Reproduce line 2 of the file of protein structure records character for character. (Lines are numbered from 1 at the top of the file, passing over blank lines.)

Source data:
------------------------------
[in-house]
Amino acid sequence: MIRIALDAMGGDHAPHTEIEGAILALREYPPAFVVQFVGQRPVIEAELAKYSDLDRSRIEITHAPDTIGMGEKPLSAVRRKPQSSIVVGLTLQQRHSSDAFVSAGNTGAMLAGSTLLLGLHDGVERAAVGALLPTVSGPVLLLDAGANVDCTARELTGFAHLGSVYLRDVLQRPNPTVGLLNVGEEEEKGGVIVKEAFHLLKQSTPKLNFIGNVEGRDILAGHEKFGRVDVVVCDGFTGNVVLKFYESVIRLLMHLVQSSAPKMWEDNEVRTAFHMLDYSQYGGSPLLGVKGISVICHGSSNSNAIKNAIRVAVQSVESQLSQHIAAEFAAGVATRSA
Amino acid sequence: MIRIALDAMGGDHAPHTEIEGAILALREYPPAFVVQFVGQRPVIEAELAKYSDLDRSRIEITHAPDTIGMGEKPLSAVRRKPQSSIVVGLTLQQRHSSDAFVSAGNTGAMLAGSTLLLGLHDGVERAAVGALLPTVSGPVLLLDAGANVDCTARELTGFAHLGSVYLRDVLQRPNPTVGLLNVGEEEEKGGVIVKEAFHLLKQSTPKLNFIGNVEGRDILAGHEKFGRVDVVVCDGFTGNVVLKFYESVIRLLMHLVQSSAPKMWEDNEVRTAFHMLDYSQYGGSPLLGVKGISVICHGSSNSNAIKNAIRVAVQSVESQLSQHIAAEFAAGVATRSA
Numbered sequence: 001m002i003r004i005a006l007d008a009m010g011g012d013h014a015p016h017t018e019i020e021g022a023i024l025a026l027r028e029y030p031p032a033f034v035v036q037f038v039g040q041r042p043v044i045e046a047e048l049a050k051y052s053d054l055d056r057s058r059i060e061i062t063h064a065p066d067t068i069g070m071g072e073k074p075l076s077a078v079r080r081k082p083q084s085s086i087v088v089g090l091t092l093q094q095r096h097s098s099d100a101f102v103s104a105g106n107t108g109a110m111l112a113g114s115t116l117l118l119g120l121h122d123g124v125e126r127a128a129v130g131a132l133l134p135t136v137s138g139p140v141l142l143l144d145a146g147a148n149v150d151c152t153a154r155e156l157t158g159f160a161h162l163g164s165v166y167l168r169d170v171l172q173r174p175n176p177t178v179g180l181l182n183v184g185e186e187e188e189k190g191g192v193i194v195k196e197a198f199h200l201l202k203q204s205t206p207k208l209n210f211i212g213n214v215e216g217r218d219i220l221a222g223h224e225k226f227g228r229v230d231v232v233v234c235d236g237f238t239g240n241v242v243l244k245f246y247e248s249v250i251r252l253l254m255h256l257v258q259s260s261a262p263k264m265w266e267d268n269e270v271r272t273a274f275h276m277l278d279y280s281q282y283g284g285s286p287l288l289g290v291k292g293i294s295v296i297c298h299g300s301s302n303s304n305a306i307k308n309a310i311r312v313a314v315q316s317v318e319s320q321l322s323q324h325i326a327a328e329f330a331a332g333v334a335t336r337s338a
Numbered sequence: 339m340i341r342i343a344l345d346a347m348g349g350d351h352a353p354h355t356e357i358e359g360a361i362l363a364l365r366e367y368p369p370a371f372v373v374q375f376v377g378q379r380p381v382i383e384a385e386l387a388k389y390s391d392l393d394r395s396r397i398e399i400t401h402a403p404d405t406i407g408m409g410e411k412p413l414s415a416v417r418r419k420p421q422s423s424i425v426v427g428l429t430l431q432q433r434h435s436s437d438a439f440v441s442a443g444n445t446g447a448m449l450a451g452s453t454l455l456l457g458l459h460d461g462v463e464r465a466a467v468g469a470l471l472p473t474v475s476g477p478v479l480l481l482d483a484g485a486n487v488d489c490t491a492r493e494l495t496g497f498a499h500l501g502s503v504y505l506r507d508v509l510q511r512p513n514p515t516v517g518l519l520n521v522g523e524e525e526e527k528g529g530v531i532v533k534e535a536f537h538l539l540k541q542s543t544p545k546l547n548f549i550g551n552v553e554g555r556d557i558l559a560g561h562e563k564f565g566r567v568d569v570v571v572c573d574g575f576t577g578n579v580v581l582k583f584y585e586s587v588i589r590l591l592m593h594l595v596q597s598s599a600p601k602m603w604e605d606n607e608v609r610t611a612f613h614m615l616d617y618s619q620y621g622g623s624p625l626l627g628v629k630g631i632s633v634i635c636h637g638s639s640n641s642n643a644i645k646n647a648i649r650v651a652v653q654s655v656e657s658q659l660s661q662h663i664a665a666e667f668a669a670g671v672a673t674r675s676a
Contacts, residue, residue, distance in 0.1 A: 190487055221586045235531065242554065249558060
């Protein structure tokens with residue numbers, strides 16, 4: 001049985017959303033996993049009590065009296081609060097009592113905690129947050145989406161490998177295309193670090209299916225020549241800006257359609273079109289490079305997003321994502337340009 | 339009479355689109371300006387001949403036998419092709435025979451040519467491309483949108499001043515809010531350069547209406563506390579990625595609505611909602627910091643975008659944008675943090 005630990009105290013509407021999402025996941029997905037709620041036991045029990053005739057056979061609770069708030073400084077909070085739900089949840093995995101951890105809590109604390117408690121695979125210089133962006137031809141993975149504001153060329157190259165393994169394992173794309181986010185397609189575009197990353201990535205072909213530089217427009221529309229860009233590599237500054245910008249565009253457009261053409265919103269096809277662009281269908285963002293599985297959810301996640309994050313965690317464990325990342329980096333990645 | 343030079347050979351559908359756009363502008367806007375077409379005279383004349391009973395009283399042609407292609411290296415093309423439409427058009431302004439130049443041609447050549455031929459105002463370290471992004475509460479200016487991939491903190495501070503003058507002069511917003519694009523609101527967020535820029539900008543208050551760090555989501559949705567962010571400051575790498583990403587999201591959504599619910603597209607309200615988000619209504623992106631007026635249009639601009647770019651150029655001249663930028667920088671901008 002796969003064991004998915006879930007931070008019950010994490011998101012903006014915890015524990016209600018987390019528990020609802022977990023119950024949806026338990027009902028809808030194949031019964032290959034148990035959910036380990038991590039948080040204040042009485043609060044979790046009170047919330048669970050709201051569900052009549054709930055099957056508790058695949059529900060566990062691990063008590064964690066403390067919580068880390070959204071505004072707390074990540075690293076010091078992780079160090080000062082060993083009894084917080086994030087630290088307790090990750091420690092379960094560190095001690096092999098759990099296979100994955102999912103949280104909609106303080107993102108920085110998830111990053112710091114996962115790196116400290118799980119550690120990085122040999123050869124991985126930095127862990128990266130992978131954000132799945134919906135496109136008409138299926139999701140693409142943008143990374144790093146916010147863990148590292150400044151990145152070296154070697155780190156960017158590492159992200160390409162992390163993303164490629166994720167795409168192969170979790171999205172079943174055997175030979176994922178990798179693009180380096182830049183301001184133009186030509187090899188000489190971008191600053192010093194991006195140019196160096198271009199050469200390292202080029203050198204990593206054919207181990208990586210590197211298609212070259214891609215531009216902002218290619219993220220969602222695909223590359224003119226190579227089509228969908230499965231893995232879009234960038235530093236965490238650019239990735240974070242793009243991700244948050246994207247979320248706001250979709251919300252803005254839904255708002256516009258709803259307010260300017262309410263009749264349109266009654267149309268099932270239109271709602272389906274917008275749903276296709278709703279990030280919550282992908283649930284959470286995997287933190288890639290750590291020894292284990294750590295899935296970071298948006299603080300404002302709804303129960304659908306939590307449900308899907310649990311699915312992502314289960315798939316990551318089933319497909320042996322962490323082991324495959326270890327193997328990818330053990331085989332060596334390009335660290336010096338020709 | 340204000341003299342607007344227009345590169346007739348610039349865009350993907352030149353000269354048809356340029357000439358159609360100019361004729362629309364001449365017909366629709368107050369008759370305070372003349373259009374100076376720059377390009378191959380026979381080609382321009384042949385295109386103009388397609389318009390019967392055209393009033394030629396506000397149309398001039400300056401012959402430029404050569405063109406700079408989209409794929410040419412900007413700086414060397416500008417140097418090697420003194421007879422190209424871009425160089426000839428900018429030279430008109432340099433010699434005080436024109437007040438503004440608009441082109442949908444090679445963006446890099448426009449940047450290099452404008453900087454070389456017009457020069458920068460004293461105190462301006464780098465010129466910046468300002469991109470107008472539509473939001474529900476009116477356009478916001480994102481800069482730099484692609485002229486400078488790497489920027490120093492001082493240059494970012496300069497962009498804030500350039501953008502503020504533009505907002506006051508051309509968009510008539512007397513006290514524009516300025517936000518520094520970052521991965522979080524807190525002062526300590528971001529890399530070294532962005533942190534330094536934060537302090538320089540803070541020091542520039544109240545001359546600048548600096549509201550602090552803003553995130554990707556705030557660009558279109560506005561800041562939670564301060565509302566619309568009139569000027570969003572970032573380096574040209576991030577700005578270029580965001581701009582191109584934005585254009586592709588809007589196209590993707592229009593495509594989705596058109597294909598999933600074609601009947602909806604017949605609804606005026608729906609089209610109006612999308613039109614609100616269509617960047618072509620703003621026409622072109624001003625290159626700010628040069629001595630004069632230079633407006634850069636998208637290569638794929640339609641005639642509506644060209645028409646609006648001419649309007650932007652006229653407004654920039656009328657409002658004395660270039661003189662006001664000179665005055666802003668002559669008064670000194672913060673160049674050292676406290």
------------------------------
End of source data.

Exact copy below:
Amino acid sequence: MIRIALDAMGGDHAPHTEIEGAILALREYPPAFVVQFVGQRPVIEAELAKYSDLDRSRIEITHAPDTIGMGEKPLSAVRRKPQSSIVVGLTLQQRHSSDAFVSAGNTGAMLAGSTLLLGLHDGVERAAVGALLPTVSGPVLLLDAGANVDCTARELTGFAHLGSVYLRDVLQRPNPTVGLLNVGEEEEKGGVIVKEAFHLLKQSTPKLNFIGNVEGRDILAGHEKFGRVDVVVCDGFTGNVVLKFYESVIRLLMHLVQSSAPKMWEDNEVRTAFHMLDYSQYGGSPLLGVKGISVICHGSSNSNAIKNAIRVAVQSVESQLSQHIAAEFAAGVATRSA